“He is going to spare no effort to address the problem,” Little said, adding that additional training is “foundational” to any credible effort against sexual assault. He said Hagel is “open to any and all” ideas about how to improve training, and that this will be just one element in a broader effort to fight the problem.
On Capitol Hill, Sen. Kirsten Gillibrand, D-N.Y., plans to introduce legislation on Thursday that would reform the military justice system by taking top commanders out of the process of deciding whether a sexual misconduct case goes to trial. For sexual offenses with authorized sentences of more than one year in confinement — akin to felonies in the civilian judicial system — that decision would rest instead with officers at ranks as low as colonel who are seasoned trial counsels with prosecutorial experience.
And, Sens. Claire McCaskill, D-Mo., and Amy Klobuchar, D-Minn., introduced legislation Wednesday to require the Pentagon to establish strict new criteria for service members who can serve in sexual assault prevention programs throughout the military.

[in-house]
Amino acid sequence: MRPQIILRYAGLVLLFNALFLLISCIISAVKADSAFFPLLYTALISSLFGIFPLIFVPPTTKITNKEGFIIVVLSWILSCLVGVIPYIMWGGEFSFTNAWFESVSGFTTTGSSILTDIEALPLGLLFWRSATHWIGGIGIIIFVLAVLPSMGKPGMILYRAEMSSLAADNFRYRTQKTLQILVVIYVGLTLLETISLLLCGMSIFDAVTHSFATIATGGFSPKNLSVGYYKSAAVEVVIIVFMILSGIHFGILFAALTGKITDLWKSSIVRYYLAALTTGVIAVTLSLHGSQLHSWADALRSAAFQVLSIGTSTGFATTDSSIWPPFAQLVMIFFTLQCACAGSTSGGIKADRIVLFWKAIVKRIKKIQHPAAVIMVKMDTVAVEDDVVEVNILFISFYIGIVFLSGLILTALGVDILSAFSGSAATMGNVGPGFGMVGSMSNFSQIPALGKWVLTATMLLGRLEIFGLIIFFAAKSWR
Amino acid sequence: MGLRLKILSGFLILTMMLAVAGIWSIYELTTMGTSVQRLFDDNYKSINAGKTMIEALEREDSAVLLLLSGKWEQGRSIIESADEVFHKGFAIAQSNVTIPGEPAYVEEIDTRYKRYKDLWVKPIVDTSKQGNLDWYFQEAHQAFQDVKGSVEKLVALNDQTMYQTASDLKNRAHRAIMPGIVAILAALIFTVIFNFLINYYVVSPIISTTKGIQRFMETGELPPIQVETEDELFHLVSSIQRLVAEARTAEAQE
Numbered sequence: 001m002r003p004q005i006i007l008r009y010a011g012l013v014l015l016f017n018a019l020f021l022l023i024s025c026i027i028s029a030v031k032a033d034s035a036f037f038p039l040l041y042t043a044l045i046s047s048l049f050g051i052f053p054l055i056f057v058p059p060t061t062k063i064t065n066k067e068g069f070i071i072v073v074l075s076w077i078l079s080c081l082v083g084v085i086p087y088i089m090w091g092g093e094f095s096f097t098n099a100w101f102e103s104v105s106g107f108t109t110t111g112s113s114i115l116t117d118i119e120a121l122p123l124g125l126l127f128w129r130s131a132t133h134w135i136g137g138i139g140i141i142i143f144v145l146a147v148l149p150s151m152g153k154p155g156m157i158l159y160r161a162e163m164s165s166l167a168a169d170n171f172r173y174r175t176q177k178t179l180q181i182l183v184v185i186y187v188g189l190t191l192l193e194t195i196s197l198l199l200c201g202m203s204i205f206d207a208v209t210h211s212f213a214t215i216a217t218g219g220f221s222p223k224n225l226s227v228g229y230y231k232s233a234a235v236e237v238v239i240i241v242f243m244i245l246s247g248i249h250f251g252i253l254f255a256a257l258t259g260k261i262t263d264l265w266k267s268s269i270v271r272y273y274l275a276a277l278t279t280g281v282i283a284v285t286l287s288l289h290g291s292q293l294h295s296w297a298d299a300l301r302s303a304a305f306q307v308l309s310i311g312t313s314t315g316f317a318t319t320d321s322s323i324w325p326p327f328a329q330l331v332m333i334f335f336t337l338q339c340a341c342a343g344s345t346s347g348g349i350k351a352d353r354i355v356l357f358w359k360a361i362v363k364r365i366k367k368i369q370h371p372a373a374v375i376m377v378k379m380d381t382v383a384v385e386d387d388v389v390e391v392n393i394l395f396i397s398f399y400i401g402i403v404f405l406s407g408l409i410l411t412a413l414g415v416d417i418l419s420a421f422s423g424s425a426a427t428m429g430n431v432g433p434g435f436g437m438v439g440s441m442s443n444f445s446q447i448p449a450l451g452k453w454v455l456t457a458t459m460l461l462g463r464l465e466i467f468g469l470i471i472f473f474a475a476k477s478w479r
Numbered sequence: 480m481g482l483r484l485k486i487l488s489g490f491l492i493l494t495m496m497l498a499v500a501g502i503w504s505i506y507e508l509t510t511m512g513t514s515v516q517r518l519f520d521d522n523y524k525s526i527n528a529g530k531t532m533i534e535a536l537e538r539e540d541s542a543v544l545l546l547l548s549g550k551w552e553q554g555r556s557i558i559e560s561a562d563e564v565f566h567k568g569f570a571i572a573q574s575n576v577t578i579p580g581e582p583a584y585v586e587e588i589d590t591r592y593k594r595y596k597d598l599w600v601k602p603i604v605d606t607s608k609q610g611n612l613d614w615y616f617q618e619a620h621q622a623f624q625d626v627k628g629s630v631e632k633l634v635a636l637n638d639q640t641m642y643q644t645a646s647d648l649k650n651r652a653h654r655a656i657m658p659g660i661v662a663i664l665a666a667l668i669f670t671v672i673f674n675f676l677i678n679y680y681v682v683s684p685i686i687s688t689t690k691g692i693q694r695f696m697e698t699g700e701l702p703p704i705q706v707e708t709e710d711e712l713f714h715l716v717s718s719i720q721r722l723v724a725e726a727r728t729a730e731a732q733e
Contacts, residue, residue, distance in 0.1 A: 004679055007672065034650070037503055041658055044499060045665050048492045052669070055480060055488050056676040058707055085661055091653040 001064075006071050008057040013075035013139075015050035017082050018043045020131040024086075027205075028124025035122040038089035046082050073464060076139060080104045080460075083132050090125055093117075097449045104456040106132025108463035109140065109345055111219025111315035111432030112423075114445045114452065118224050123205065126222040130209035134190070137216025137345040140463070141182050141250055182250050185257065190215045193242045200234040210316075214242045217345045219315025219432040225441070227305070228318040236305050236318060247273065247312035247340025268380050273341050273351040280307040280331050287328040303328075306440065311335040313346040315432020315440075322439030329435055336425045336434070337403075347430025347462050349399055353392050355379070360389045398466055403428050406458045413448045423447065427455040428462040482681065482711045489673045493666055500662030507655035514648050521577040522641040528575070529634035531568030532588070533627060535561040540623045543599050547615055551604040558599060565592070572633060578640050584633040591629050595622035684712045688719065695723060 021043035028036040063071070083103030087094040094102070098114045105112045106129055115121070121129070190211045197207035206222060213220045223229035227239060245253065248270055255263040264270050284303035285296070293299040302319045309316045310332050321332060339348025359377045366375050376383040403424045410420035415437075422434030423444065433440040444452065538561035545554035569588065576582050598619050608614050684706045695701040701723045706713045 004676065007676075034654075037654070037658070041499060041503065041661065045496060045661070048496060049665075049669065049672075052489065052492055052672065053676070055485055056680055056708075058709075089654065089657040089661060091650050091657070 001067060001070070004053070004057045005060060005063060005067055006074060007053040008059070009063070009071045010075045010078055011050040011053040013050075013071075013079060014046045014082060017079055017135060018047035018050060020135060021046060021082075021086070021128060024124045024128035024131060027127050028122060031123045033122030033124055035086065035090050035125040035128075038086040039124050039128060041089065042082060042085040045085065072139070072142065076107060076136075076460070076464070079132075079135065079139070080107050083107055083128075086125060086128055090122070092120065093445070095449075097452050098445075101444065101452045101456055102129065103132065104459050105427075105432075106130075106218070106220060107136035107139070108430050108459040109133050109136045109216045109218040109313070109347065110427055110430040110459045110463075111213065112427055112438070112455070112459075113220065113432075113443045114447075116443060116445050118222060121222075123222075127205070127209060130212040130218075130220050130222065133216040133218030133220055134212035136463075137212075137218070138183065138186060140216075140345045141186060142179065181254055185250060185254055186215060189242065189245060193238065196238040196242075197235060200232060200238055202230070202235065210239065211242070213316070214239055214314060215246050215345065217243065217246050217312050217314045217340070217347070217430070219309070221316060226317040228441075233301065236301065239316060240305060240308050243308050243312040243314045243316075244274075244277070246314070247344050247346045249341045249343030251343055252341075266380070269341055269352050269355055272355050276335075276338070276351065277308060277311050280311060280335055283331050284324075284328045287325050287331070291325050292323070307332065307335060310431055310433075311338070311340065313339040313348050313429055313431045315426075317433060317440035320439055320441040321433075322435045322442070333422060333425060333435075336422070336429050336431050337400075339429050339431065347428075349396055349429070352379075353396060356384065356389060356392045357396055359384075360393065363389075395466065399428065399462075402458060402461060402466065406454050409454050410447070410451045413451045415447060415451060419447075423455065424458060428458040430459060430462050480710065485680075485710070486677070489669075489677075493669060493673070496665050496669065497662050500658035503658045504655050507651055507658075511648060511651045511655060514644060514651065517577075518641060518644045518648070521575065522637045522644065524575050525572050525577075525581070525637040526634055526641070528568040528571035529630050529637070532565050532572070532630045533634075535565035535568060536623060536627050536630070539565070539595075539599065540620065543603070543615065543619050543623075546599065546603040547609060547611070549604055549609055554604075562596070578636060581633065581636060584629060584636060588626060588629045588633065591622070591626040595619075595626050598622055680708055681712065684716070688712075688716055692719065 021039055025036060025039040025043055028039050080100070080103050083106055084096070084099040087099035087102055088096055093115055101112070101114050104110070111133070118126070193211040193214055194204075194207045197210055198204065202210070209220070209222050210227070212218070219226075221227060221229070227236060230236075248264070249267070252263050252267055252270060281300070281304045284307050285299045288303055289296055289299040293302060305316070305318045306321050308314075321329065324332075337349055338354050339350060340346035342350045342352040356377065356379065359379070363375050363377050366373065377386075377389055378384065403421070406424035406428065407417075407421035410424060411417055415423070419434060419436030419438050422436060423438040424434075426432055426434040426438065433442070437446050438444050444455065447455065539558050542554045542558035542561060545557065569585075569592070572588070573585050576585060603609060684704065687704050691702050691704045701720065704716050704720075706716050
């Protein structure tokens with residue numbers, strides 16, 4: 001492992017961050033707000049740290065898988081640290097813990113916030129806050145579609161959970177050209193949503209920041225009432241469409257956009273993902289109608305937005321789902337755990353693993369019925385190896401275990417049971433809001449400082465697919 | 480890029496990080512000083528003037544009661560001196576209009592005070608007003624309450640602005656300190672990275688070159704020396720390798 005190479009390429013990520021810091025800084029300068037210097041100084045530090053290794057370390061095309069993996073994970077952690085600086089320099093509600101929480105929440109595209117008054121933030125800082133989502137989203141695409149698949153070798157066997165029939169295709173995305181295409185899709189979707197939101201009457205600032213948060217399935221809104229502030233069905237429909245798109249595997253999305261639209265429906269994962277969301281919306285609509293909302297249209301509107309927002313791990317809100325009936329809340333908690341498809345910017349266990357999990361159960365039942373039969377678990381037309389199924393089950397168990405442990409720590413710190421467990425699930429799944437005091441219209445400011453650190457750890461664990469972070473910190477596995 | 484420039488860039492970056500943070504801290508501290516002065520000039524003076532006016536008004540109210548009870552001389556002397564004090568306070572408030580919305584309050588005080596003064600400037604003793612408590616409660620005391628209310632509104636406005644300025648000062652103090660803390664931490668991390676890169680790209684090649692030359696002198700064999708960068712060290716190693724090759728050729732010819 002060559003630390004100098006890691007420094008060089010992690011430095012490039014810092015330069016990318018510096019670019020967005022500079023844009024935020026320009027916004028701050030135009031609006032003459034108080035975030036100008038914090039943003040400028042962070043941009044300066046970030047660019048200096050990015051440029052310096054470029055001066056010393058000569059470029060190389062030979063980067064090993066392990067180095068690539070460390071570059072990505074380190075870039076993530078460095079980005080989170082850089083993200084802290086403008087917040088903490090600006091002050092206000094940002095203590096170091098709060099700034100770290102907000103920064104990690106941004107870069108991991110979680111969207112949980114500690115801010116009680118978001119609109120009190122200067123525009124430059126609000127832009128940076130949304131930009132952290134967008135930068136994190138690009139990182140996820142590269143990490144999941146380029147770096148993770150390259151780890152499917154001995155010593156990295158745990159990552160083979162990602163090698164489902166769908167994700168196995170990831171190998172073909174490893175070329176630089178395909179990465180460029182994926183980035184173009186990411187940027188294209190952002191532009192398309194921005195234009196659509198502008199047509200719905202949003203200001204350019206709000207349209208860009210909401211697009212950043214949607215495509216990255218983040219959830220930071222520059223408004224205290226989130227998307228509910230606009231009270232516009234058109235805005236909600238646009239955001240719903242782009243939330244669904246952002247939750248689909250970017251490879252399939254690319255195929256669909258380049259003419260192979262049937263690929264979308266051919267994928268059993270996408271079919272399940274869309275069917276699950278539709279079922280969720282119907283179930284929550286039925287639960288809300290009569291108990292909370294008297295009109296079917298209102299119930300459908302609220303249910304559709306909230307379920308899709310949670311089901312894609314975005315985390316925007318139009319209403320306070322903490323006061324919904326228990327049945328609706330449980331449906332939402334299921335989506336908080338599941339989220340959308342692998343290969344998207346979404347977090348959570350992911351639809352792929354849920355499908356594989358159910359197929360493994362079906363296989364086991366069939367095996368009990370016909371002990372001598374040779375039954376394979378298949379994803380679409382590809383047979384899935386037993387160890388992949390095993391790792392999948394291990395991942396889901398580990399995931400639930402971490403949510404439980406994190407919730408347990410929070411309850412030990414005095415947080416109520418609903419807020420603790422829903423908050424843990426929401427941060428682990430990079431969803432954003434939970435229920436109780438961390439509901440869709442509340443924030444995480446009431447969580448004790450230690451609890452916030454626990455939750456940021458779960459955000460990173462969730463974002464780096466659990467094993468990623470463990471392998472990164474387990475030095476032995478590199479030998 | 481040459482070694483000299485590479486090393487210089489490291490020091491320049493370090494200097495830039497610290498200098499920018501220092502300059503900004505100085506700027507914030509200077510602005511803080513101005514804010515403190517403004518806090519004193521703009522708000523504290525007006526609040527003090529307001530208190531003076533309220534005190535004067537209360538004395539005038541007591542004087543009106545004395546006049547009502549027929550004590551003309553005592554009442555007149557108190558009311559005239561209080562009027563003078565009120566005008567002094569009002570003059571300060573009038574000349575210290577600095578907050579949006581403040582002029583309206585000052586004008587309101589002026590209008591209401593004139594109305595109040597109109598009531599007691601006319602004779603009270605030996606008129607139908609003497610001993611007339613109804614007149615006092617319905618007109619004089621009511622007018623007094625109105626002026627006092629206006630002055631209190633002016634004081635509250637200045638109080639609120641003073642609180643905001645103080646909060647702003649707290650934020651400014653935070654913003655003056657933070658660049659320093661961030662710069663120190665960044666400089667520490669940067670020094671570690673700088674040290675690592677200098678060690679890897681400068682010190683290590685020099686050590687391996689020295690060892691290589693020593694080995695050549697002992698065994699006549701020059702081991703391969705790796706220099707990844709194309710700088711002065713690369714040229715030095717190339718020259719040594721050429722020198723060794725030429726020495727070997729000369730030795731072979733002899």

In the latest case, the Texas sergeant, whose name has not been made public, was assigned as a coordinator of a battalion-level sexual assault prevention program at Fort Hood. He has been suspended from all duties but has not been charged with any crime.
A defense official in Washington said it was not yet clear if one of the three women was forced into prostitution, and also added that the sergeant is being investigated for allegedly sexually assaulting one of the other two women. The allegations involving the third woman were not known.
Another U.S. official said the sergeant had service in both the Iraq and Afghanistan wars, and that there were no obvious problems with his military record on an initial review.
Both officials spoke only on condition of anonymity because they were not authorized to speak publicly about the matter.
The soldier was being investigated by the Army Criminal Investigation Command. No charges had been filed, but officials say they expect them fairly soon.
Just last week an Air Force officer who headed a sexual assault prevention office was himself arrested on charges of groping a woman in a Northern Virginia parking lot.
Little said Hagel was angry and disappointed at “these troubling allegations and the breakdown in discipline and standards they imply.” He said Hagel had met with Army Secretary John McHugh and ordered him to “fully investigate this matter rapidly, to discover the extent of these allegations and to ensure that all of those who might be involved are dealt with appropriately.”
In the recent Pentagon report, officials said that of the estimated 26,000 military members who may have been sexually assaulted last year, fewer than 3,400 reported the incidents. Nearly 800 of those simply sought help and declined to file formal complaints against their alleged attackers.